He has served in various board positions, including five terms as President of the Conejo Valley MTAC. His work with the Music Teachers National Association, state affiliate, CAPMT, included two terms as Vice President, Convention Chair. He was a long time committee member of the New West Symphony's Education Outreach, is on the Artistic Committee for the Ventura Music Festival, is an editor for Alfred Music Company and and has served as editor for the Piano Education Web Page, where he was the featured "Artist-Educator of the Month" in November of 1997.
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In August 2006, after being on a two week vacation to the North Pole with his wife Joyce, Tom Osborn returned to Los Angeles International Airport, and collapsed when disembarking from the plane. He had a massive heart attack and died. We were all saddened by his untimely passing, which was only a week before the Project: Brahms that the Thousand Oaks Philharmonic was to perform that very weekend. Since Tom was looking forward to conducting the concert and everything was scheduled and in place, his wife Joyce, felt that the concert should go on. It did, with Tom’s spirit present, the soloists and orchestra gave outstanding performances.
A formal tribute was given to Tom during the second concert of the Brahms weekend at the Thousand Oaks Civic Arts Plaza. The orchestra, guest conductor, and each board member participated. Board members each shared a personal experience that they had with Tom. Some were poignant, others humorous, but all focused on Tom’s love for music and education.
Shortly thereafter, the family arranged for a memorial service, which was attended by nearly 1000 people at Forrest Lawn in Hollywood. As was fitting, the service was filled with music performances given by members of the Thousand Oaks Philharmonic, the LA Philharmonic, the Hollywood Bowl Orchestra, the Downey Symphony, and the Roger Wagner Chorale.
The Osborn family has established the Thomas Osborn Endowment Fund. To donate, checks or money orders bay be sent to: Thousand Oaks Philharmonic, PO Box 4195, Thousand Oaks CA 91359. For more information or to make a donation with credit card please contact Edward Francis, the executive director of the T.O. Phil.
The board took on the intensive process of a conductor search, which lasted over the 2007 & 2008 seasons, during which several of the top candidates were invited to lead individual concerts. One of these candidates emerged as the new conductor choice. We based our criteria on many of the elements that Tom had established through the years he was our conductor (2000-2006). We are grateful for the time Tom dedicated himself to our mission, and we will miss him.Return To Top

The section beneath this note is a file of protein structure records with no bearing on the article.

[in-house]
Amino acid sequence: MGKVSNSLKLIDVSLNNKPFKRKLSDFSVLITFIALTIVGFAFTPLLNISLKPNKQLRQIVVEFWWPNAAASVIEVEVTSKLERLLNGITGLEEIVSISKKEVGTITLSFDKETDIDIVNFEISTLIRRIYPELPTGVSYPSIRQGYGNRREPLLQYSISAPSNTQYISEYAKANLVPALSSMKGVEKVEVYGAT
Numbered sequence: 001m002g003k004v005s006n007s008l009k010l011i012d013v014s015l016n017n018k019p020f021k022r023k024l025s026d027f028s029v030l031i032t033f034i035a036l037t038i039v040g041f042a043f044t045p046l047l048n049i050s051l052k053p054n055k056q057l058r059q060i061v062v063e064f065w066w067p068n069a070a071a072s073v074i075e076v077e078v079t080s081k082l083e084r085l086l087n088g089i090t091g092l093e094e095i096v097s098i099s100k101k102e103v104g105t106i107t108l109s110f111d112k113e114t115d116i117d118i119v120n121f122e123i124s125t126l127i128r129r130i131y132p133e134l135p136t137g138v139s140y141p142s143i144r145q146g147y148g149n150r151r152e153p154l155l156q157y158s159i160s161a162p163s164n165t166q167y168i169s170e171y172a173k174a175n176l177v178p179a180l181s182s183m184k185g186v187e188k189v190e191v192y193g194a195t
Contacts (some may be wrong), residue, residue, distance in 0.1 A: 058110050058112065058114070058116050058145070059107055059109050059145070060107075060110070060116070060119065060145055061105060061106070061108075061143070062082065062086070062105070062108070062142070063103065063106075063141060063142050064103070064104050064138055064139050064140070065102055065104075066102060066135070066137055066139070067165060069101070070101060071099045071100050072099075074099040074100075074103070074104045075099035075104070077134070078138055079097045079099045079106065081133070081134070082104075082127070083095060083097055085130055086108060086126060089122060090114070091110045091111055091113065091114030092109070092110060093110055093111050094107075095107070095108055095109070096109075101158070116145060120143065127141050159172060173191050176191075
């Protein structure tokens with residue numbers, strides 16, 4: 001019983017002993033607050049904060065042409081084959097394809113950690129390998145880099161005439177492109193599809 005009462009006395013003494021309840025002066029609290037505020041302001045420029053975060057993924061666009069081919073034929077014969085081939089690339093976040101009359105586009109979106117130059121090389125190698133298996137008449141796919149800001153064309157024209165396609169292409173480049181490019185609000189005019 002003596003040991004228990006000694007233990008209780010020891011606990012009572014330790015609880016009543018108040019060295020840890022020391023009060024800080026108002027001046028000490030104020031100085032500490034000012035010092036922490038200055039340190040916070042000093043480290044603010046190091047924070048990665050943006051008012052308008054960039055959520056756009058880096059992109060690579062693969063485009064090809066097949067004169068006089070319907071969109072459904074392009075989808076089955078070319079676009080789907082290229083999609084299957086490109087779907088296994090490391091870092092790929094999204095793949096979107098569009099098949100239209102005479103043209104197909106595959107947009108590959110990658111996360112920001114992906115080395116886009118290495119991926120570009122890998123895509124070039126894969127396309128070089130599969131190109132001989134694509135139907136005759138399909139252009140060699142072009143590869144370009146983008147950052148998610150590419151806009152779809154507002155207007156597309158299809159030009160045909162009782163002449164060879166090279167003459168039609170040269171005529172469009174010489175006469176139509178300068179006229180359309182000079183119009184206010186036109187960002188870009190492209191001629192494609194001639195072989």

The Thousand Oaks Philharmonic, formerly known as Concertos with Orchestra Thousand Oaks (CWOTO), was founded in December of 2000 as a California registered non-profit educational organization, with its foremost purpose being to provide exceptional piano students in the area with an opportunity to be featured as soloists with a professional orchestra. Because of the resounding success of the first concert, the community interest, and a desire to give as many students as possible this remarkable opportunity, other instrumentalists, as well as vocalists, were invited to audition for the solo performances in subsequent concerts.
When formed by Edward Francis, Thousand Oaks Philharmonic was an idea and a dream which would bring opportunities to exceptional students and other members of the local community. In order to do this, a performing group had to be available, so the orchestra was developed (formerly referred to as the Conejo Concerto Orchestra or CCO). The accompanying orchestra is made up of professional musicians from around the Southland and is currently conducted by Dr. John Roscigno. When founded and until his passing, the orchestra was conducted by Dr. Thomas Osborn
The Ventura County area is rich in talent, with an unusually high concentration of young artist-level musicians living in our midst. Perhaps it is no coincidence that our schools graduate some of the highest-ranking and well-prepared students in the country, and their level of achievement in other fields naturally mirrors those results.
There is no secret to the success of a performing artist. Of course, raw talent and natural ability play an important role. However, nothing substitutes for the discipline of practice, professional study, and parental support. If chance allows the combination all these essential elements, in the right doses, the product can be quite stunning. In addition to providing students with this wonderful opportunity, the community also benefits by attending thrilling performances which can be quite memorable and especially influential to the younger members of the audience.
In music study, there can be fewer wonderful experiences than being the featured soloist with an orchestra. While there are some possible current opportunities to do this, and the ones that exist are important and quite exciting, the number of opportunities is limited. It is the expressed hope of the Thousand Oaks Philharmonic to enhance these opportunities for students in Ventura County and areas immediately adjacent.